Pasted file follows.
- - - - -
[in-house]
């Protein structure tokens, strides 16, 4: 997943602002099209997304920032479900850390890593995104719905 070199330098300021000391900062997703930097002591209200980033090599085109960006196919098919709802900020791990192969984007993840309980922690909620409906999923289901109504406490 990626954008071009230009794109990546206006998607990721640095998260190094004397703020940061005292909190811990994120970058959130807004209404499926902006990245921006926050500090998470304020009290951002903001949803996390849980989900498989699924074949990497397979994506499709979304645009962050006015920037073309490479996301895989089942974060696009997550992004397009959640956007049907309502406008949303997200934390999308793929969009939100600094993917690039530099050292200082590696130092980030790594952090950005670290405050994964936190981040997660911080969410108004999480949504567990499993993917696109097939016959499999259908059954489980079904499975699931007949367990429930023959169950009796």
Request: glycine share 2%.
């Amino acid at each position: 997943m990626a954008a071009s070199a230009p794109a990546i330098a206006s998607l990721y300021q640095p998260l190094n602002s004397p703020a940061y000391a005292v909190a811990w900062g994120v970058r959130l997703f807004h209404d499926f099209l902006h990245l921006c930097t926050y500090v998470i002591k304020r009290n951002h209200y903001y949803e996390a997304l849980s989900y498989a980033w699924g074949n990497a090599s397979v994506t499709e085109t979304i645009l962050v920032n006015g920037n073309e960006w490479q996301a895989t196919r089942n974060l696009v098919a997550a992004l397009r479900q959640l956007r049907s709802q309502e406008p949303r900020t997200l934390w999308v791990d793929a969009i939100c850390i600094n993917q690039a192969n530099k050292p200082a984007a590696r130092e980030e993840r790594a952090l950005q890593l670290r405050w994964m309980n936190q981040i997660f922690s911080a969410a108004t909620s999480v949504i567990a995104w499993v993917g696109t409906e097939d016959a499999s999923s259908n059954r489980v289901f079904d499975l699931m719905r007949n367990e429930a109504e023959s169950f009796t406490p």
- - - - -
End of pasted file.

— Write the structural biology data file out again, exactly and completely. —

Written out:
[in-house]
């Protein structure tokens, strides 16, 4: 997943602002099209997304920032479900850390890593995104719905 070199330098300021000391900062997703930097002591209200980033090599085109960006196919098919709802900020791990192969984007993840309980922690909620409906999923289901109504406490 990626954008071009230009794109990546206006998607990721640095998260190094004397703020940061005292909190811990994120970058959130807004209404499926902006990245921006926050500090998470304020009290951002903001949803996390849980989900498989699924074949990497397979994506499709979304645009962050006015920037073309490479996301895989089942974060696009997550992004397009959640956007049907309502406008949303997200934390999308793929969009939100600094993917690039530099050292200082590696130092980030790594952090950005670290405050994964936190981040997660911080969410108004999480949504567990499993993917696109097939016959499999259908059954489980079904499975699931007949367990429930023959169950009796």
Request: glycine share 2%.
């Amino acid at each position: 997943m990626a954008a071009s070199a230009p794109a990546i330098a206006s998607l990721y300021q640095p998260l190094n602002s004397p703020a940061y000391a005292v909190a811990w900062g994120v970058r959130l997703f807004h209404d499926f099209l902006h990245l921006c930097t926050y500090v998470i002591k304020r009290n951002h209200y903001y949803e996390a997304l849980s989900y498989a980033w699924g074949n990497a090599s397979v994506t499709e085109t979304i645009l962050v920032n006015g920037n073309e960006w490479q996301a895989t196919r089942n974060l696009v098919a997550a992004l397009r479900q959640l956007r049907s709802q309502e406008p949303r900020t997200l934390w999308v791990d793929a969009i939100c850390i600094n993917q690039a192969n530099k050292p200082a984007a590696r130092e980030e993840r790594a952090l950005q890593l670290r405050w994964m309980n936190q981040i997660f922690s911080a969410a108004t909620s999480v949504i567990a995104w499993v993917g696109t409906e097939d016959a499999s999923s259908n059954r489980v289901f079904d499975l699931m719905r007949n367990e429930a109504e023959s169950f009796t406490p």